There are other signs of lightness, too, sunshine poking through the clouds. Despite its dire title, opener “Sinatra Drive Breakdown” feels breezy and loose. McNew’s bass is nimble on its feet; Georgia’s on brushes, instead of bashing with sticks; and a nervous incident on the Hoboken waterfront becomes something steadying. (The song is, like many on This Stupid World, also over seven minutes long, some combo of blissful jam and steadfast Krautrock.) Later, “Apology Letter” takes things to a similarly and surprisingly cool-handed place. The band have written in this mode before, but rarely have Ira’s confessional vocals sounded so brave and unfettered. And “Brain Capers,” at the record’s midpoint, feels like yet another kind of levity. The track avoids the pointed focus of the album’s Side A, cranking up the phasers and blurring the spoken-word vocals into an indistinguishable wall of (whispered) sound. But its emotional punch is still as swift and bracing, like helicopter blades chopping the air. “Brain Capers” leaves most all of YLT’s trappings behind, the record hopping upward in a sudden whirl.
This Stupid World stays in this high-up, frenzied space for its final pair of songs, a peak sequence in the overall YLT discography. The title track is heavy, hitting somewhere between Acid Test freakout and classic Velvet Underground: spun-out drones, hypnotic vocals, a crude bass drum thump keeping the pulse, harrowing feedback thrown around a cramped room. This is Yo La Tengo at their mightiest, riding electric waves and finding some kind of universal truth in the process: “This stupid world/is killing me/this stupid world/is all we have.” They sing together in a cool Zen whisper, hovering over the pure chaos. It’s an acceptance that’s as defeated as it is defiant. The band ride a long tail with “Miles Away,” the album’s final and lengthiest track. Hubley puts down her sticks and brushes to make way for a sublime slice-and-dice drum machine—taking the mic and bowing out. The track has more vast open space than the entire rest of the album combined, the band fading away in a backwards focus-pull. It’s a grand and graceful way to close a record that began, far away, at a grungy street-level practice space in New Jersey.
Recently, the bands Lambchop and Low—Yo La Tengo’s longtime peers, occasional Hanukkah residency guests, and partners in parallel journeys to the vanguard of indie rock—have made similarly bold statements on new records of their own. On HEY WHAT, as well as Showtunes and The Bible, released by Low and Lambchop in 2021 and 2022, respectively, these musicians deployed jagged, radical electronic sounds in transformative ways—not too dissimilar to what happens towards the close of This Stupid World. For many listeners, Low and Lambchop’s peaks have been a thrill to witness. They’ve earned deserved critical acclaim, and renewed enthusiasm. But for the bands themselves, it seems to be something more drastic that’s altogether happening: a knowing detonation of decades of aesthetic continuity, a chance to confront harder truths. At a point when many would be keen to settle, these are musicians who are really going for it—taking true creative risks. (For Low, this high point coincided with the band’s final album featuring Mimi Parker—their indomitable drummer, vocalist and songwriter, who passed away from ovarian cancer in November 2022.)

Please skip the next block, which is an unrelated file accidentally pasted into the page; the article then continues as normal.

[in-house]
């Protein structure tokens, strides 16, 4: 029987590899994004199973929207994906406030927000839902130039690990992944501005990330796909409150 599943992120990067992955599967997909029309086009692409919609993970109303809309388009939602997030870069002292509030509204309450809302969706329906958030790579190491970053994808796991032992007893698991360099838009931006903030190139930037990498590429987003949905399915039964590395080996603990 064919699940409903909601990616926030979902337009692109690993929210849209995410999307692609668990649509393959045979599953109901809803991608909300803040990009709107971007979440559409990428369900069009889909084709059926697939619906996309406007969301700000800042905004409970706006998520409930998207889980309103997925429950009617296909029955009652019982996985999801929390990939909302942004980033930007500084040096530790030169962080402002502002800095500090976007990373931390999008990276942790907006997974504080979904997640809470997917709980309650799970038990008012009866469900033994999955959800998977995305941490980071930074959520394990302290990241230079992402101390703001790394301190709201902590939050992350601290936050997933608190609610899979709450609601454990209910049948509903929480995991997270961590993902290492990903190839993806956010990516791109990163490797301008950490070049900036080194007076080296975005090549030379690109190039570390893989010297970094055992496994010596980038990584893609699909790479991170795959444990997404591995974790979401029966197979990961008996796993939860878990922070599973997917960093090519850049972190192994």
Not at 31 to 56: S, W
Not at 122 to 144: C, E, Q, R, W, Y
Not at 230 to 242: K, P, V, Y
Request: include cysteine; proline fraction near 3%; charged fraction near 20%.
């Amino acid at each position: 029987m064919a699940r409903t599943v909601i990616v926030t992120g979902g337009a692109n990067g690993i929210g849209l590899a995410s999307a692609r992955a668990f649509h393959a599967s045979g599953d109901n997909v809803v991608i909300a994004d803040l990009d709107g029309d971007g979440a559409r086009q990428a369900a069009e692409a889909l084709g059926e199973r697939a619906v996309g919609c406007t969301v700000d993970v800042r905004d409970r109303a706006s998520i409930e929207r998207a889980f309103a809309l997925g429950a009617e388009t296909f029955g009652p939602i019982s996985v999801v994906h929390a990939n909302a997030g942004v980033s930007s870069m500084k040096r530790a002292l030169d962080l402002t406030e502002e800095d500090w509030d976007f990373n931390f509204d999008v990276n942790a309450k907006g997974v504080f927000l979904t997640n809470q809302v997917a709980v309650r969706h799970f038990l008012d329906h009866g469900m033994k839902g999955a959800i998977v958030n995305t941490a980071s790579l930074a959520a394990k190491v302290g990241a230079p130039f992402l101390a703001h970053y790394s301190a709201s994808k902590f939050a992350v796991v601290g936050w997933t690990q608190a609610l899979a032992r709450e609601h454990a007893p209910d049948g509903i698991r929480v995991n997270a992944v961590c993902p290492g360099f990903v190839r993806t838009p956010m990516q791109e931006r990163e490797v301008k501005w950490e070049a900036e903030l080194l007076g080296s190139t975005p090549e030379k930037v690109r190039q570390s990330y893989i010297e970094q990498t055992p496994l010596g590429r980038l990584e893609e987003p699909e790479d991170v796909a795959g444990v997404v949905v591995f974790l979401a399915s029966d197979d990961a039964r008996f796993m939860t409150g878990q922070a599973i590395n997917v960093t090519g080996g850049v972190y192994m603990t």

What Yo La Tengo offer on This Stupid World is not as harsh or anarchic as their friends’ recent pivots. Rest assured, Hubley, Kaplan and McNew are still playing it cool as themselves, relying on the magic combos that have long made their albums compelling. What’s shared, though, is the same spirit of openness, of having little to lose—letting go and then, especially on the album’s back half, landing on new high ground. For 39 years, Yo La Tengo have known the realities of what it means to be an independent band. But they’re still finding ways to press on, facing a stupid world in their own humbly defiant way: tuning in, doubling down, dropping out.
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Ben Easton is a writer and musician based in Brooklyn, NY. He's a member/producer of the rock quartet The Academy Blues Project, with whom he has made six records, and plays Live Piano Karaoke in-residence at Sid Gold's Request Room, New York City's flagship modern piano bar. Beyond Treble, Easton is a staff writer at Cover Me Songs, the web publication devoted to cover music of all genres.